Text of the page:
First the light show at the Vatican.
Then the statement that evangelism of Jews is out.
Now some of the Roman Catholic intelligentsia say that Muslims and Christians worship the same God (even though they gather on different days of the week and one prays in Jesus’ name, along with Mary). Francis Beckwith, former head of the Evangelical Theological Society, squishes:
So the fact that Christians may call God “Yahweh” and Muslims call God “Allah” makes no difference if both “Gods” have identical properties. In fact, what is known as classical theism was embraced by the greatest thinkers of the Abrahamic religions: St. Thomas Aquinas (Christian), Moses Maimonides (Jewish), and Avicenna (Muslim). Because, according to the classical theist, there can only in principle be one God, Christians, Jews, and Muslims who embrace classical theism must be worshipping the same God. It simply cannot be otherwise.
But doesn’t Christianity affirm that God is a Trinity while Muslims deny it? Wouldn’t this mean that they indeed worship different “Gods”? Not necessarily. Consider this example. Imagine that Fred believes that the evidence is convincing that Thomas Jefferson (TJ) sired several children with his slave Sally Hemings (SH), and thus Fred believes that TJ has the property of “being a father to several of SHs children.” On the other hand, suppose Bob does not find the evidence convincing and thus believes that TJ does not have the property of “being a father to several of SHs children.”
Would it follow from this that Fred and Bob do not believe that the Third President of the United States was the same man? Of course not.
Paul Moses at Commonweal writes that Wheaton College, in putting on administrative leave, Dr. Larycia Hawkins, has succumbed to anti-Muslim bigotry because Miroslav Volf has written (noting looking to a Protestant for support):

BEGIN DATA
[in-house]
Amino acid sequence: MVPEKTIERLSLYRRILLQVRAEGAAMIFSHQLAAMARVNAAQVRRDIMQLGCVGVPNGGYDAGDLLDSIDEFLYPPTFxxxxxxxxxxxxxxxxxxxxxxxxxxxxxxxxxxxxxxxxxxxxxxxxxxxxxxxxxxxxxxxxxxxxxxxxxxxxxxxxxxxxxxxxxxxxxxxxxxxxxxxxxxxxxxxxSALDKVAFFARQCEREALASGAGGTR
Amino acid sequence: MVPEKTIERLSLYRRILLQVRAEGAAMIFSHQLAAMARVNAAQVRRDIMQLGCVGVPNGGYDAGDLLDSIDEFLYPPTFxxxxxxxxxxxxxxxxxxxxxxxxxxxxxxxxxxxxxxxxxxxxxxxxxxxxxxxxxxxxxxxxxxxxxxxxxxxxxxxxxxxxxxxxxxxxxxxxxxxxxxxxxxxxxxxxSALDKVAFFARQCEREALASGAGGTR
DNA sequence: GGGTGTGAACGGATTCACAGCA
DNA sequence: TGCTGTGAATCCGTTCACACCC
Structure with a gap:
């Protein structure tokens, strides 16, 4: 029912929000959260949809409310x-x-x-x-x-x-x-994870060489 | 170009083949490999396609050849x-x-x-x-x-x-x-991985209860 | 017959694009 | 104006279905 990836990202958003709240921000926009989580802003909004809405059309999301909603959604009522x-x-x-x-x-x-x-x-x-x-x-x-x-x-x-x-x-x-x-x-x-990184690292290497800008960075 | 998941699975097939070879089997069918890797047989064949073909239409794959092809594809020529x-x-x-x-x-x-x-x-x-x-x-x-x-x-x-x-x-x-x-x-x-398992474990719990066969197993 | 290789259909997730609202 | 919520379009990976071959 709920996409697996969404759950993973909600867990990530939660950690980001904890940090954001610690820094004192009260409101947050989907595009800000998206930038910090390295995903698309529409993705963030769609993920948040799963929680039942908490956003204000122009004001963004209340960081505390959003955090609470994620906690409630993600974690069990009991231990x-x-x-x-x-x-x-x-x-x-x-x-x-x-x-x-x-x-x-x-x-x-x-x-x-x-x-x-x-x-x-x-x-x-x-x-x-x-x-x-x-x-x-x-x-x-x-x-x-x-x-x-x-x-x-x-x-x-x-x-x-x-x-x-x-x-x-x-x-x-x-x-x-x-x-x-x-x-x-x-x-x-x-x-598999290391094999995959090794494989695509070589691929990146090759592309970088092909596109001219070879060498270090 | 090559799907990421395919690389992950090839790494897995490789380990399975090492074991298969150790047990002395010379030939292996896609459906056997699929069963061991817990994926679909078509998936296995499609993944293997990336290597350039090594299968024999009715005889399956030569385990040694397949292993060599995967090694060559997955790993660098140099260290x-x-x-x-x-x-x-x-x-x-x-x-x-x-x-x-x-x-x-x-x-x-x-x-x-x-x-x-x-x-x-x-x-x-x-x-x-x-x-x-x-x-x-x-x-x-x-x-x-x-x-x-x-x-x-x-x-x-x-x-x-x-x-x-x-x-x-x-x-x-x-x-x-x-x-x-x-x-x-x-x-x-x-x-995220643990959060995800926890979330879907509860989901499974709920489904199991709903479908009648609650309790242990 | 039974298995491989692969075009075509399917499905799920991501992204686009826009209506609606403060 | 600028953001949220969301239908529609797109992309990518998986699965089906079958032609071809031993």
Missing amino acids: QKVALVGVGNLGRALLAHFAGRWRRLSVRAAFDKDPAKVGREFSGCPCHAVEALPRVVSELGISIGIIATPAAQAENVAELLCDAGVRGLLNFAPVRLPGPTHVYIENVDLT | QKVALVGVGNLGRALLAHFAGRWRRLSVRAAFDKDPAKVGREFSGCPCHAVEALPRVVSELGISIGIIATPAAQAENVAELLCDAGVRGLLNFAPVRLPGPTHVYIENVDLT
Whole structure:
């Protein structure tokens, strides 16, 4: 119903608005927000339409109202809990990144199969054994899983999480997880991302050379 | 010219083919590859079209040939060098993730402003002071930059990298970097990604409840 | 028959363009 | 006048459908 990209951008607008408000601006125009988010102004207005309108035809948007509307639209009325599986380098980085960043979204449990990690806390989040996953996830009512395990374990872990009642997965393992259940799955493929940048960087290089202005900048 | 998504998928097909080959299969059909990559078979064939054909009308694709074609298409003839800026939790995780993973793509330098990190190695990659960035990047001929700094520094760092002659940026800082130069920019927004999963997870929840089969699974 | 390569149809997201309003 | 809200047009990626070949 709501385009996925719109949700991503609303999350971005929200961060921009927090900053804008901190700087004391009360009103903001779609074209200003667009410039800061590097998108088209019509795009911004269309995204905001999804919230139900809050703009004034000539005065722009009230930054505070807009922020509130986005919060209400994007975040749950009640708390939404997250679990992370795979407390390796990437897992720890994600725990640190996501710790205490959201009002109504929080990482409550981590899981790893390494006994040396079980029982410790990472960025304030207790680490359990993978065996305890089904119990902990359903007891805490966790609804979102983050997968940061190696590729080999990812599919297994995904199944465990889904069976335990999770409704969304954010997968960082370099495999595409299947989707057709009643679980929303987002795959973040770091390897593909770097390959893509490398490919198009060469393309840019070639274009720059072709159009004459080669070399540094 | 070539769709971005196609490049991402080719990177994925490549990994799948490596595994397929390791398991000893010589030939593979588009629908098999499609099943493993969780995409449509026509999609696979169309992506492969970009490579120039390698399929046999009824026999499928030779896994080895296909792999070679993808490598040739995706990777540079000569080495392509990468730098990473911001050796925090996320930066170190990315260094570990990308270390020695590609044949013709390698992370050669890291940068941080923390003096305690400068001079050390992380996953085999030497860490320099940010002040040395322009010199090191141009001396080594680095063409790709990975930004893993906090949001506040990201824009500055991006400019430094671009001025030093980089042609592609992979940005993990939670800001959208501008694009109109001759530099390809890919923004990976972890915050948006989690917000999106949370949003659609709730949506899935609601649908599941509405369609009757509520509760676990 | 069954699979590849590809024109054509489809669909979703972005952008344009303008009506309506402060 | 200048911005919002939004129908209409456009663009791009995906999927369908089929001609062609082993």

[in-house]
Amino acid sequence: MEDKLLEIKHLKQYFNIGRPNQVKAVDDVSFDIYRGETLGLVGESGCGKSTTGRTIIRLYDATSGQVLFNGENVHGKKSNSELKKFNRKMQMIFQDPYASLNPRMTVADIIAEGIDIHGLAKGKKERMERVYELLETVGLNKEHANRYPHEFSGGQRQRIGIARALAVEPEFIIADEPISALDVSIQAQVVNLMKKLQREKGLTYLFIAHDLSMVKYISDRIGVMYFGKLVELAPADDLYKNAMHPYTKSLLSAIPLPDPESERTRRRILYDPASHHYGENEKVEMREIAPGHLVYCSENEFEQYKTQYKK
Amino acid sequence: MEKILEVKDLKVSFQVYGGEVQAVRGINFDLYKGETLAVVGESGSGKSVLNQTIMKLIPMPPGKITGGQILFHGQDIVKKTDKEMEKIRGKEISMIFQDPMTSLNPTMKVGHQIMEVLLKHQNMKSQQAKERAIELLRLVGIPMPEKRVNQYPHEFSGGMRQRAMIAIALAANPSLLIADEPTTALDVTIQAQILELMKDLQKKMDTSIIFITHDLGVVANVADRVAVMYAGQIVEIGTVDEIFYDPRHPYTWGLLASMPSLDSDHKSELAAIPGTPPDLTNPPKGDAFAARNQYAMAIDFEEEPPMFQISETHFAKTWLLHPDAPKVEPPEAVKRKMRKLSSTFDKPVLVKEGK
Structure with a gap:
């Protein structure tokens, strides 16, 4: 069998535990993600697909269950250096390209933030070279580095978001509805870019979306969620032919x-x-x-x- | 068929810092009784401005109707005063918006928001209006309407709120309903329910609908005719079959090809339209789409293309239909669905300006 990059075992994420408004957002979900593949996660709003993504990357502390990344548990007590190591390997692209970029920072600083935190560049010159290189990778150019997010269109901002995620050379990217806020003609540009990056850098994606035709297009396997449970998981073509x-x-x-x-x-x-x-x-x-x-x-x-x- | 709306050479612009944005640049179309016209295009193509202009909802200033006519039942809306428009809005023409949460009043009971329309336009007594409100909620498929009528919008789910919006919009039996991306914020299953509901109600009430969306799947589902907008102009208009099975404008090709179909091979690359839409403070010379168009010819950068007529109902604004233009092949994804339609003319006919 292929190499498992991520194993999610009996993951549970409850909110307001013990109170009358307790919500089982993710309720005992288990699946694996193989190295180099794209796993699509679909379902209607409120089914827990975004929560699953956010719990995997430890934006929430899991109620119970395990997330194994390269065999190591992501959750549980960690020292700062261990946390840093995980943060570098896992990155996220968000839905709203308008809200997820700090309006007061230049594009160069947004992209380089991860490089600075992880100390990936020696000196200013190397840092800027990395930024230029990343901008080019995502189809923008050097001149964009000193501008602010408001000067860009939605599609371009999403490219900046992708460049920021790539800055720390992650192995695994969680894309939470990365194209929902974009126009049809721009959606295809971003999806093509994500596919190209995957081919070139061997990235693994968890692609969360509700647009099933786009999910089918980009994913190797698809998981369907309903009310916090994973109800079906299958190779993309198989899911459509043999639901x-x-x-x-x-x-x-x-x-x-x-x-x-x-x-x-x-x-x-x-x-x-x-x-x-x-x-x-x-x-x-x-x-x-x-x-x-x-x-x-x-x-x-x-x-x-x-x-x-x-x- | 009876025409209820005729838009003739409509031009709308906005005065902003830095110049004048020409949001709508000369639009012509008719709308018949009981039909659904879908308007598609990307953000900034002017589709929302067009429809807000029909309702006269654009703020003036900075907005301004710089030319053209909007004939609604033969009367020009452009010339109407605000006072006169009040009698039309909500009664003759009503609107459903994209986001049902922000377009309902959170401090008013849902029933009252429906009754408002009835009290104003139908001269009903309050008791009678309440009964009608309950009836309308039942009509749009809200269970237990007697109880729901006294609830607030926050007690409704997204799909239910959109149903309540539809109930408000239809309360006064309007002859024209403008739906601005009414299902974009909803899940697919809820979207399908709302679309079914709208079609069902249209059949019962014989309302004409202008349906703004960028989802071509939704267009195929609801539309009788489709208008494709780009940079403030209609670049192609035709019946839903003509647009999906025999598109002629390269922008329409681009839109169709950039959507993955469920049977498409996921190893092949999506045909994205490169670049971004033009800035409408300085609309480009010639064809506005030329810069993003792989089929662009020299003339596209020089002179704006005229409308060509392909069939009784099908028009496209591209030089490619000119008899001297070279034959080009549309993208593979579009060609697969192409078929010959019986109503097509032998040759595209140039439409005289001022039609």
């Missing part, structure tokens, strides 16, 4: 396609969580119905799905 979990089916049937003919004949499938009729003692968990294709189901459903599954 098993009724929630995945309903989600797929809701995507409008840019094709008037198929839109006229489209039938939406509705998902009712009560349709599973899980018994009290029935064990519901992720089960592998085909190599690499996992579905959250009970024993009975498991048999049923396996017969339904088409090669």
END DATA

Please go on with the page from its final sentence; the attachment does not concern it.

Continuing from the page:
Muslims and Christians who embrace the normative traditions of their faith refer to the same object, to the same Being, when they pray, when they worship, when they talk about God. The referent is the same.
But it wasn’t so long ago that some Roman Catholics were saying that Islam was not a religion of peace (which would seem to make it a different religion from Christianity even though I demurred). Wasn’t it Joseph Pearce who wrote:
The fate of the liberals in the future Eurabia does not look good. May the God in whom they do not believe help them. And may he forgive my own irresistible sense of schadenfreude at the whole pathetic scenario. As for me, I’m with Mrs. Burrows against the world and all the fallacious “peace” it has to offer. With Shakespeare’s Mercutio, I end with a note of defiance to Islam and its liberal enemy: A plague a’ both houses!
And didn’t Fr. James Schall also highlight the distance between Islam and Christianity?
What has to be faced by everyone is not the ‘violence’ of Islam, but its truth. We may not ‘like’ a jihadist view of the Quran. But we denigrate the dignity of ISIS and other violent strains in both Sunni and Shiite branches of Islam that clearly see that their interpretation of Islam has legitimate roots in the Quran, in Islamic history and in the judgment of many authoritative commentators.
So I’m left wondering. Do Roman Catholics celebrate the victory of Christendom at the Battle of Lepanto or not?
P.S. And Jerry Falwell Jr. is beyond the pale?